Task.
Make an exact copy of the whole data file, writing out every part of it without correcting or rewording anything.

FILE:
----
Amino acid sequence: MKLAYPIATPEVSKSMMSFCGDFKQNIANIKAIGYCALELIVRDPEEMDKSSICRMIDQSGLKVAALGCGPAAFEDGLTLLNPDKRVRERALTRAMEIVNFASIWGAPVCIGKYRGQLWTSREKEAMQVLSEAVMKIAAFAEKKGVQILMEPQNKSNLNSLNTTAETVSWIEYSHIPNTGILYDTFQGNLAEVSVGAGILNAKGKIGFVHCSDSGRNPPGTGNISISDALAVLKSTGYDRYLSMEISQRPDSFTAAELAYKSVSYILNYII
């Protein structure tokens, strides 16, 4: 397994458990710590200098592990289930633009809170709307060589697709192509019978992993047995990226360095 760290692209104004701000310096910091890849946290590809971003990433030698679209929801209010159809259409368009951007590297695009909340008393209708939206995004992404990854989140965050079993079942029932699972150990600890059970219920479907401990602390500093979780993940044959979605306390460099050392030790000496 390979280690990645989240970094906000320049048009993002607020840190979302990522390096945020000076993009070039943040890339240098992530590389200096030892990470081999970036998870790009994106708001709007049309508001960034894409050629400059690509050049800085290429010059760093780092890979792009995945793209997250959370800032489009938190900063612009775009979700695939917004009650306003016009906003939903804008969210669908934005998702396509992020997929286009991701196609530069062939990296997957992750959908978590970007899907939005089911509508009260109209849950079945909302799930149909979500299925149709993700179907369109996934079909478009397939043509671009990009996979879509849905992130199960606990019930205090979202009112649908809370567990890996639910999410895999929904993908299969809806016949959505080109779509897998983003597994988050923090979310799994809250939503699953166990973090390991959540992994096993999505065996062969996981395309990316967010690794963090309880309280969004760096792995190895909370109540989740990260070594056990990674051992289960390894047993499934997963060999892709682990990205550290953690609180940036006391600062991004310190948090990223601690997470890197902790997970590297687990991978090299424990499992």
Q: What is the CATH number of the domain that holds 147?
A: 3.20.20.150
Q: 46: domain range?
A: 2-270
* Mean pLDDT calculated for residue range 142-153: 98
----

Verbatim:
Amino acid sequence: MKLAYPIATPEVSKSMMSFCGDFKQNIANIKAIGYCALELIVRDPEEMDKSSICRMIDQSGLKVAALGCGPAAFEDGLTLLNPDKRVRERALTRAMEIVNFASIWGAPVCIGKYRGQLWTSREKEAMQVLSEAVMKIAAFAEKKGVQILMEPQNKSNLNSLNTTAETVSWIEYSHIPNTGILYDTFQGNLAEVSVGAGILNAKGKIGFVHCSDSGRNPPGTGNISISDALAVLKSTGYDRYLSMEISQRPDSFTAAELAYKSVSYILNYII
């Protein structure tokens, strides 16, 4: 397994458990710590200098592990289930633009809170709307060589697709192509019978992993047995990226360095 760290692209104004701000310096910091890849946290590809971003990433030698679209929801209010159809259409368009951007590297695009909340008393209708939206995004992404990854989140965050079993079942029932699972150990600890059970219920479907401990602390500093979780993940044959979605306390460099050392030790000496 390979280690990645989240970094906000320049048009993002607020840190979302990522390096945020000076993009070039943040890339240098992530590389200096030892990470081999970036998870790009994106708001709007049309508001960034894409050629400059690509050049800085290429010059760093780092890979792009995945793209997250959370800032489009938190900063612009775009979700695939917004009650306003016009906003939903804008969210669908934005998702396509992020997929286009991701196609530069062939990296997957992750959908978590970007899907939005089911509508009260109209849950079945909302799930149909979500299925149709993700179907369109996934079909478009397939043509671009990009996979879509849905992130199960606990019930205090979202009112649908809370567990890996639910999410895999929904993908299969809806016949959505080109779509897998983003597994988050923090979310799994809250939503699953166990973090390991959540992994096993999505065996062969996981395309990316967010690794963090309880309280969004760096792995190895909370109540989740990260070594056990990674051992289960390894047993499934997963060999892709682990990205550290953690609180940036006391600062991004310190948090990223601690997470890197902790997970590297687990991978090299424990499992």
Q: What is the CATH number of the domain that holds 147?
A: 3.20.20.150
Q: 46: domain range?
A: 2-270
* Mean pLDDT calculated for residue range 142-153: 98